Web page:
Garden News Blog

Nastiest. Mushroom. Ever.

An alarming fungus is popping up quick
Called elegant stinkhorn or the devil’s dipstick

As distasteful to the nose as it is to the eyes
Its odor’s designed to attract pesky flies

Insects feed on the slimy stalk
And spread its spores around the block

A member of family Phallaceae and Mutinus genus
Most would agree that it looks like a…


It’s that time of year again. The air is crisp, the leaves are beginning to turn, and gardeners and park visitors all over Brooklyn are gasping in horror at the shockingly erect—and putrid smelling—stalks poking out of the mulch. Mutinus elegans, a very distinctive species of mushroom, is showing up in shady, damp mulch and compost piles in parks, gardens, and backyards. This phallic fungus, known as the elegant stinkhorn, dog stinkhorn, or devil’s dipstick, is stinky for a reason. Its smell is important for its unusual means of distributing spores.

Unlike typical mushrooms, which depend on wind to distribute their spores, the stinkhorn uses insects. After sprouting from an egglike bulb, the orange or red stalks produce a slimy, carrion-scented spore coating near the tip. Flies are attracted to the scent, and after feeding on it, they fly off and dispense the spores wherever they land. Should your garden be afflicted with stinkhorns, take comfort in the fact that their reign is pretty short-lived. They’re not poisonous, so you can just let them be, and those spongy, hollow stalks will shrivel a day or two after their quick growth spurt.

More: Learn about jimson weed, a beautiful, notoriously toxic, surprisingly common weed.

Today, the appearance of Mutinus elegans elicits a chuckle, but in the Victorian era, their erect shoots could be seriously distressing to chaste and honorable ladies. The story goes that Charles Darwin’s eldest daughter, Etty, was openly combative toward the fungi. Armed with a spear, she would roam the woods sniffing out the offensive stalks. As recalled by her niece, she would find one and “poke his putrid carcass into her basket.” Then, after cleansing the territory, she would secretly burn the fungi in order to protect “the morals of the maids.”

Etty would probably not appreciate Cornell University’s time-lapse video of a stinkhorn’s growth and decay, but you might!

Hannah Singer is a science intern at BBG.

    Discussion

  • Gail B September 17, 2016

    Just found these in my garden and am glad they are not poisonous.
    Sort of a “cute” addition and lots better than the usual white or beige mushrooms I usually find this time of year in Lenexa, Kansas.

  • Shannon September 17, 2016

    These are coming up in the front yard in the mulch. Had no clue what the were. We will be getting rid of them. I don’t like the looks of them.

  • Kat September 5, 2016

    I live in Columbus, Ohio, and just found these in my garden and it’s sept.!

  • Dianna September 1, 2016

    I have two growing in my flower bed and it makes me Happy!! This is the first time I laid eyes on them. They are beautiful and hope that they come back every year! They really play into my love of Halloween! ♥

  • butterfly queen July 24, 2016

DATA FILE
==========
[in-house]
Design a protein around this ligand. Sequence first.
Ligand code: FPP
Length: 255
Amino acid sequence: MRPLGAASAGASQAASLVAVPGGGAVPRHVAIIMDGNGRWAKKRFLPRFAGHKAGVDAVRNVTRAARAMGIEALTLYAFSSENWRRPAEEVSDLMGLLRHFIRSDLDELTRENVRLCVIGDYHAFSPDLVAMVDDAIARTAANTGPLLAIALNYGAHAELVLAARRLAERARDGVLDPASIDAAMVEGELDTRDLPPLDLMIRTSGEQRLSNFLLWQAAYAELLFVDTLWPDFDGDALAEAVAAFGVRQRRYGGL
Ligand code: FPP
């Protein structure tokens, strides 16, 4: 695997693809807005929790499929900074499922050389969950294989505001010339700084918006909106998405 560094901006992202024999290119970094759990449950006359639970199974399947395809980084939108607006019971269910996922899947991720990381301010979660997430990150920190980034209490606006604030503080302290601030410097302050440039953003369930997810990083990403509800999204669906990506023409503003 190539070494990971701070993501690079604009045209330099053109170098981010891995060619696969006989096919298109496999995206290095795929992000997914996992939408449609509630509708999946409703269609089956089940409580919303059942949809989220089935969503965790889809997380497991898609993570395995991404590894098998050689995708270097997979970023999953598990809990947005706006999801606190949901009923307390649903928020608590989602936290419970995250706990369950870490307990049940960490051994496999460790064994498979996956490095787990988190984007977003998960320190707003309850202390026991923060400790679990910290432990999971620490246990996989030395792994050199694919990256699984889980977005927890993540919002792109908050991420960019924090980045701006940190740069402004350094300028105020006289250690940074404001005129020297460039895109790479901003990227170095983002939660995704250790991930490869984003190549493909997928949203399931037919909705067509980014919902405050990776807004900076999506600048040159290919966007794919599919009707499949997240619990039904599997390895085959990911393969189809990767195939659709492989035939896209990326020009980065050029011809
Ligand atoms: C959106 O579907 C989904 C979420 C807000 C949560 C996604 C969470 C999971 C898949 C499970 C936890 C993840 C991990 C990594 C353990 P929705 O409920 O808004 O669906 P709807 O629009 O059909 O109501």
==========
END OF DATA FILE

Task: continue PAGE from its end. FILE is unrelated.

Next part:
No need to herbicide or salt. These are only creepy looking and not harming the environment, whereas herbicide and “salting the earth” are surely problems.

  • Linda June 30, 2016

    I kept getting these in my yard - stinky buggers they are. I tried getting rid of them by digging them up and when that didn’t work tried using a broad spectrum herbicide (which didn’t work either). I finally resorted to salting the spot where they were growing: that kills them and I don’t have them returning to those spots. If they were on my property I did the salt treatment immediately. I haven’t seen one on my yard or a neighbor’s yard since I used the salt treatment, probably for more than five or six years now.

  • Judith Alkhas May 3, 2016

    Being 74, I felt honored to view this most unusual fungus for the first time in my life. I thought someone had dropped a bag of carrots under my roses.

  • Emil Fischer July 7, 2015

    This fungus gave my wife and I a chuckle when we first saw them. At times though, you can’t even tell what it is with all the flies covering them.

     

  • Blanca Oliveras December 1, 2014

    My schitzu dogs are eating them in my backyard. Are elegant stinkhorns toxic to dogs?

  • sarah October 28, 2014

    I am genuinely surprised by the lack of appreciation for stinkhorns.  I delight in them, and after years of exposure to the “aroma,” I really like it: It’s fresh, unusual, not at all putrid. To my senses, it’s really not offensive.

  • Donald September 27, 2014

    We have been seeing these in the mulch; had five pop up this morning. Thanks for the info.

  • eleanor davis May 11, 2013

    I have white mushrooms coming up. Will these also just disappear in a day or two? If not, what can I do to rid my garden of them?

  • Steven N. Severinghaus October 19, 2012

    I’m glad to see a post about these fascinating little things. I have been seeing them in various states of growth and decay among the leaf debris and mulch around BBG for the last couple of weeks:
    Flickr pics

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Image, top of page:
Mutinus elegans, a very distinctive species of mushroom, is showing up in shady, damp mulch and compost piles in parks, gardens, and backyards. Photo by Kathryn Glass.